The government team in charge of the bailout originally wanted to jettison everything but Chevrolet and Cadillac. The GM team convinced them to retain Buick and GMC based on the former's popularity in China, and the latter's ability to charge more for Chevrolet trucks and SUVs with different grilles. Whether that was the right move can be debated endlessly.
Pontiac was long past its heyday by 2008. The brand's golden era stretched from 1959 through roughly 1971. By 2008, there weren't that many potential customers left who remembered Pontiac's glory days. And the time when a Pontiac was a definite step-up from a Chevrolet in status and prestige was long gone.
Pontiac's performance image was long gone, too. Chevrolet, with the Corvette, had more of a performance image than Pontiac. The G8 and GTO were good cars, but they had zero impact on the market. GM simply didn't have the marketing and public relations acumen to establish these two cars as performance bargains. GM hasn't displayed that level of marketing savvy since the days of Jim Wangers and the original GTO (and note that GM management at the time fought Pontiac brass over what Wangers was doing).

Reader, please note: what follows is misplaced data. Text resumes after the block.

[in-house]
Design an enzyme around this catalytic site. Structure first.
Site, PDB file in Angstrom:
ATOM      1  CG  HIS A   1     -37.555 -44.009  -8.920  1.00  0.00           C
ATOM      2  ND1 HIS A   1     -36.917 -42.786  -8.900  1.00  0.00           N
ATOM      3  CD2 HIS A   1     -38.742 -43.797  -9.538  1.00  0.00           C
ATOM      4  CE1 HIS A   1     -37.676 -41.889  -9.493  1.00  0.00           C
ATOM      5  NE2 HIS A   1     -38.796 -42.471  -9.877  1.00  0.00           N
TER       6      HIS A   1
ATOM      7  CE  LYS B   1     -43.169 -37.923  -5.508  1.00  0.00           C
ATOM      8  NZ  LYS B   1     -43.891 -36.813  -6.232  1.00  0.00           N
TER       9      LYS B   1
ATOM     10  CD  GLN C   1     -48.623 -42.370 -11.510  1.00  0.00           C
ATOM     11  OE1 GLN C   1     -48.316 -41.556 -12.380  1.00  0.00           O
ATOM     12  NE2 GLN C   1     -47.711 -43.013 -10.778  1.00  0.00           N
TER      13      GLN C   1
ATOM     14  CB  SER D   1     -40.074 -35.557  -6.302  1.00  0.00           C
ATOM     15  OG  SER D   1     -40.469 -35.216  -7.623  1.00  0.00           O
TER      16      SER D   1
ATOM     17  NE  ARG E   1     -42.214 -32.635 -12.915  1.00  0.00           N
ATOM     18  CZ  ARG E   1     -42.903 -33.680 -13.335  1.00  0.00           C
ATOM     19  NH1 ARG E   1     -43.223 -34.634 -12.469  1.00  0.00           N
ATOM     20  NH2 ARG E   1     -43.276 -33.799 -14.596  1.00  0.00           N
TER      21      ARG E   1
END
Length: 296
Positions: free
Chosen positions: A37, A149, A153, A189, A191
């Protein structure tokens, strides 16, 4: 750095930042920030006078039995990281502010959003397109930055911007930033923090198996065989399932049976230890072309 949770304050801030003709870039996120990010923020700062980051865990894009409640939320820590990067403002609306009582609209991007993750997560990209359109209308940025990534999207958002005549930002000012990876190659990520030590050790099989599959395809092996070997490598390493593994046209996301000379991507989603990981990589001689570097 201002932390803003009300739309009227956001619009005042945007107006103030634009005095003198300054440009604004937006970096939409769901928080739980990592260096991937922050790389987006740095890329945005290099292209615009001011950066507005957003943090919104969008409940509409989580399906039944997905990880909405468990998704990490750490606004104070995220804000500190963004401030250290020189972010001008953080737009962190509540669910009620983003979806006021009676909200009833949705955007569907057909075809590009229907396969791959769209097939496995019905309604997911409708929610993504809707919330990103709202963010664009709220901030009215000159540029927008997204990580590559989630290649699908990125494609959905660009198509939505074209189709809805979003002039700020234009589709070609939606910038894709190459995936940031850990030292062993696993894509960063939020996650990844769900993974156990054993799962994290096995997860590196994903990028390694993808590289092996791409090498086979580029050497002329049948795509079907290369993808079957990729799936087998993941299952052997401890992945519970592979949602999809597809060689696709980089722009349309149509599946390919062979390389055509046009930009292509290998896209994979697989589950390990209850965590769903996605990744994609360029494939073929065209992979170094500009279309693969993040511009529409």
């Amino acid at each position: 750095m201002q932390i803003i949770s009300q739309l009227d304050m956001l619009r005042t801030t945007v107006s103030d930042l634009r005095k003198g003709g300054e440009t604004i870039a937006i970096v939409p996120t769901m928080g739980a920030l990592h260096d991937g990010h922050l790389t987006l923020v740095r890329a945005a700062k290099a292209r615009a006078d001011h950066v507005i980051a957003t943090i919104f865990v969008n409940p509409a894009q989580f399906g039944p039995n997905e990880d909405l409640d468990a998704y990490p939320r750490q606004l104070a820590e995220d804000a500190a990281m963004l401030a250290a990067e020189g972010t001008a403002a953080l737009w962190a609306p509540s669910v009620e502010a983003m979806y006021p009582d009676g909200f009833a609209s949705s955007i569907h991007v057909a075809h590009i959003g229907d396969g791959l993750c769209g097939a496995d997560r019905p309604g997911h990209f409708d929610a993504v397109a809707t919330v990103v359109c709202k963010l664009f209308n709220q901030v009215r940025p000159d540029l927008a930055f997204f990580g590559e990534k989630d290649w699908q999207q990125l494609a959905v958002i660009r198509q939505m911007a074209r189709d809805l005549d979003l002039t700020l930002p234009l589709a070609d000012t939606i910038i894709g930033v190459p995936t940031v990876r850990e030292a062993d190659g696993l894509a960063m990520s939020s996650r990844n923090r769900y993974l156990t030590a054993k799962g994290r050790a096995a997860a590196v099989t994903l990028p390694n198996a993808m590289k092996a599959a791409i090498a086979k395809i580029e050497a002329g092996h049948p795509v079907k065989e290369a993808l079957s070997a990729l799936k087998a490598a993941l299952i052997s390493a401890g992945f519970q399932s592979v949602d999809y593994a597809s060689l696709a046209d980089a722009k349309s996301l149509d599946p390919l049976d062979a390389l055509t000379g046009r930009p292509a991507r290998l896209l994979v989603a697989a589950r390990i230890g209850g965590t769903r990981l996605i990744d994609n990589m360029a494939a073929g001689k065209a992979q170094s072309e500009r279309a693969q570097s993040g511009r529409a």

Lutz thought that he could turn Pontiac into a domestic, bargain-basement BMW. The problem is that real lower-level BMWs aren't necessarily that expensive anymore, and the people who buy them wouldn't be caught dead in a Pontiac. The people who want old-school domestic performance - and the image that goes with it - are buying Dodge Chargers and Challengers.
As for Ford of Europe - it has a solid commercial business in the Transit line, and the Fiesta and Focus are respected and popular. The Fiesta, for example, has been the best-selling vehicle in the United Kingdom. The Fusion/Mondeo has been hurt by the decline in sales of non-premium large sedans, but that isn't just happening to Ford. Ford of Europe and GM's old European operations were miles apart in overall performance and profitability.
Edited by grbeck, 07 December 2017 - 02:14 PM.